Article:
Try a simple aioli like mayonnaise, garlic, and herbs or mayonnaise, garlic, lemon juice, and cayenne.
You can make a quick dipping sauce with mayonnaise, ketchup, pickle juice, and hot sauce as well.
These will last for at least 3-4 days in the fridge, but you’ll want to crisp them back up in the oven prior to eating or serving them.
Saving Frying Oil
If you steer clear of frying foods because it takes so much oil, you’ve come to the right place. You can strain and save your oil to reuse! It’s pretty simple, actually. It might require a bit of time to strain through, but it’s definitely worth it.
Use a coffee filter-lined funnel to filter your oil into a glass jar. Alternatively, you can use a funnel with a built-in strainer like this. We keep our used oil in jars in the fridge for use in whatever kitchen meals we’re cooking up.
When you store your pickles in the fridge, they won’t maintain that crunch the next day. You can crisp them back up on a wire rack placed on a baking sheet in the oven for about 10 minutes at 350 degrees F. This can easily be done in a toaster oven as well.
You can! I would suggest using small pickles (or slicing them thinly), so as not to alter the breading to pickle ratio in this recipe.
If you want to forego frying, you can cook these in either the oven or air fryer. For the oven, place them on a rack inside of a backing tray and cook for 10-15 minutes at 425 degrees F. For the air frying method, place the pickles in your basket (in batches so that they don’t overlap) and cook them for 8-10 minutes on each side….until golden.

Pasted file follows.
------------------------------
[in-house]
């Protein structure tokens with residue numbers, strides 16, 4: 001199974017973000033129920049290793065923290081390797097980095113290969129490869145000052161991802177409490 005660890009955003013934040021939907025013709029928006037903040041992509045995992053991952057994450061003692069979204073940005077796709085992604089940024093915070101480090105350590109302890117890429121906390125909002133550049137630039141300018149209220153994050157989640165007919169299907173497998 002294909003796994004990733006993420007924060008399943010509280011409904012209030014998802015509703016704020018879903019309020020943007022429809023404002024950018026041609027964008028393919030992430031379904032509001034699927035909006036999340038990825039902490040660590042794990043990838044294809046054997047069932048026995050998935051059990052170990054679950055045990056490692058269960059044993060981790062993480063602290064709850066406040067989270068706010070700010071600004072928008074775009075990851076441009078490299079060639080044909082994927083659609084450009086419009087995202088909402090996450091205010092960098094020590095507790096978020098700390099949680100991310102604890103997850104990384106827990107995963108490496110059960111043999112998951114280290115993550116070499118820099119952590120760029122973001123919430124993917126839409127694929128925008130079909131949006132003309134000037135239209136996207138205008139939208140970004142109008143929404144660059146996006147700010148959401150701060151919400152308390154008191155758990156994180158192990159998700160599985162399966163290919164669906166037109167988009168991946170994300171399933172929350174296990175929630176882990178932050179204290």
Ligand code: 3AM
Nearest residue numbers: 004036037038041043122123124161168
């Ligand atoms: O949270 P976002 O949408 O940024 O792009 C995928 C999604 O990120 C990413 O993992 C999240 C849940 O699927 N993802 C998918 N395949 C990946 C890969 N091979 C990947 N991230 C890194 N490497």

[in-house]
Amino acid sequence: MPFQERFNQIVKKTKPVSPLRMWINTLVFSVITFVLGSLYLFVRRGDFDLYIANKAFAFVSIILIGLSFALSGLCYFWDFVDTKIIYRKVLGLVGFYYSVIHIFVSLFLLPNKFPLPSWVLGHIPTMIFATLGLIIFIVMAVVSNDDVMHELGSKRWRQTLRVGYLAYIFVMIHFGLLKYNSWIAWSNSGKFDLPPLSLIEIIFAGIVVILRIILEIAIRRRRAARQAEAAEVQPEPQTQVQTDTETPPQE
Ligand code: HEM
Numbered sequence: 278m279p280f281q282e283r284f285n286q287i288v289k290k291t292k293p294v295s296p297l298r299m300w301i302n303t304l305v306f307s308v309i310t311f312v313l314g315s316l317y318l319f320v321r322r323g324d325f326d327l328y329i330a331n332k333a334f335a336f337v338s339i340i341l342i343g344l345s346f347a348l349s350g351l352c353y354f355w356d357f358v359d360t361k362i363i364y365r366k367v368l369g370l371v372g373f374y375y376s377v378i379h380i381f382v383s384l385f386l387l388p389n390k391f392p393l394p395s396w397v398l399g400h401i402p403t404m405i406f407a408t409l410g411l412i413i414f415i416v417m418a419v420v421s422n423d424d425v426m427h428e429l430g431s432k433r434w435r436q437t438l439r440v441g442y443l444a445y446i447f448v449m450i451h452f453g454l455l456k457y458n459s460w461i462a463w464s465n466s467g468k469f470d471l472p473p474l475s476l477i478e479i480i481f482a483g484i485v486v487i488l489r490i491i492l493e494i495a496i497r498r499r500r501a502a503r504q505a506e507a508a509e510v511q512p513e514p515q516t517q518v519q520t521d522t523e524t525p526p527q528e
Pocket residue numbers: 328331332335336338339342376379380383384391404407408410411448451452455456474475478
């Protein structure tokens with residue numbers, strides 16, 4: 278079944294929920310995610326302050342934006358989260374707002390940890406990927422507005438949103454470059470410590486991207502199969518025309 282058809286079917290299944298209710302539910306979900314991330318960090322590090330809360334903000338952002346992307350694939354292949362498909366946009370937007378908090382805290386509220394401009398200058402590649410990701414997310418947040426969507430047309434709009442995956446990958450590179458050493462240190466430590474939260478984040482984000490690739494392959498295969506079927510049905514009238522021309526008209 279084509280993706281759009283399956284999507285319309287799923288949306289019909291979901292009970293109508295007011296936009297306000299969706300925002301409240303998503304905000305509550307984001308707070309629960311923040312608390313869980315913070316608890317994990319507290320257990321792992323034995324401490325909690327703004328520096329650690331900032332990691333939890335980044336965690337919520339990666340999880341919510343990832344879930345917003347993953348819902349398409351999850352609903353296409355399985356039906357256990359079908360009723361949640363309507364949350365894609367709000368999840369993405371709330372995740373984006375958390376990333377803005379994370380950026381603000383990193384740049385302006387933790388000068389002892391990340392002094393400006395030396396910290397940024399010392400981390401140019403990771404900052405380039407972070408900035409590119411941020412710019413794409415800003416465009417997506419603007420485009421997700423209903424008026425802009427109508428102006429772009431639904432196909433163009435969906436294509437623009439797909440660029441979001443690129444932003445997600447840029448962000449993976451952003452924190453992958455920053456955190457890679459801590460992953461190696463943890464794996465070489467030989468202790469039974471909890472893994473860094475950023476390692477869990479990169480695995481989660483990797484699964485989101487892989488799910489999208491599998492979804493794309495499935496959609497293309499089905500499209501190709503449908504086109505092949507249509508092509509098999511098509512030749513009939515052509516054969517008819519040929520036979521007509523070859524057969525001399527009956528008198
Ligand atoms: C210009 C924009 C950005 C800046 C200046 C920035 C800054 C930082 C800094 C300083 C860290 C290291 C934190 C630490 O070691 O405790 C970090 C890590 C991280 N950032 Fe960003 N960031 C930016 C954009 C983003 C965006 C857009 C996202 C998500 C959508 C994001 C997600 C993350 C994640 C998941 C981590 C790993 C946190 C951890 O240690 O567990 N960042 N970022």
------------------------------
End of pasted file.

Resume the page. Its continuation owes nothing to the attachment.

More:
If you don’t pat your pickles dry well enough, the coating will have a harder time sticking. Make sure they are dry before beginning the dredging process.
We love having plenty of healthy snacks on hand in our household to deter the cravings for packaged snacks with artificial ingredients.
- Dutch oven or deep skillet
- Slotted or spider spoon
- 16 oz jar of pickles
- 4 c beef tallow or other frying oil
- ½ c chickpea flour
- 1 tsp garlic powder
- 1 tsp onion powder
- ½ tsp cayenne powder
- ½ tsp ground pepper
- 1 tsp salt
- 1½ c sourdough breadcrumbs or other breadcrumbs
- Drain the jar of pickles (saving the pickle juice if you choose).
- Place pickles in a single layer on a paper towel-lined baking tray. Pat them dry with more paper towels.
- Place beef tallow in your deep pot and heat it over medium-high heat until it reaches 350-360℉. The oil should be at least 1 inch high in the pot. If this requires more than 4 c of oil, add additional oil.
- Meanwhile, measure the flour, garlic powder, onion powder, cayenne powder, salt, and pepper in a bowl. Whisk to combine. Add ¾ c water to the mixture and whisk until combined.
- In a separate bowl, add the breadcrumbs.
- Dip each pickle in the seasoned batter and then into the breadcrumbs to be covered. Lay out the finished pickles on a plate to be fried.
- Use a slotted or spider spoon to carefully lower a small batch of pickles into the oil. Cook for 2-4 minutes or until golden brown, gently flipping halfway.
- Use the slotted or spider spoon to remove the fried pickles and allow them to drain in a single layer on a paper towel-lined tray or plate. Make sure your oil returns to 350 ℉ before continuing with the rest of the batches.
- Serve immediately or store in the fridge to be re-crisped later!
- To crisp back up fried pickles, heat them in the oven on a rack inside of a baking tray for about 10 minutes at 350 degrees F.
- For information on making your own breadcrumbs, check out this post.
- Store your oil by pouring it through a coffee filter-lined funnel and into a glass jar or through a funnel with a built-in filter.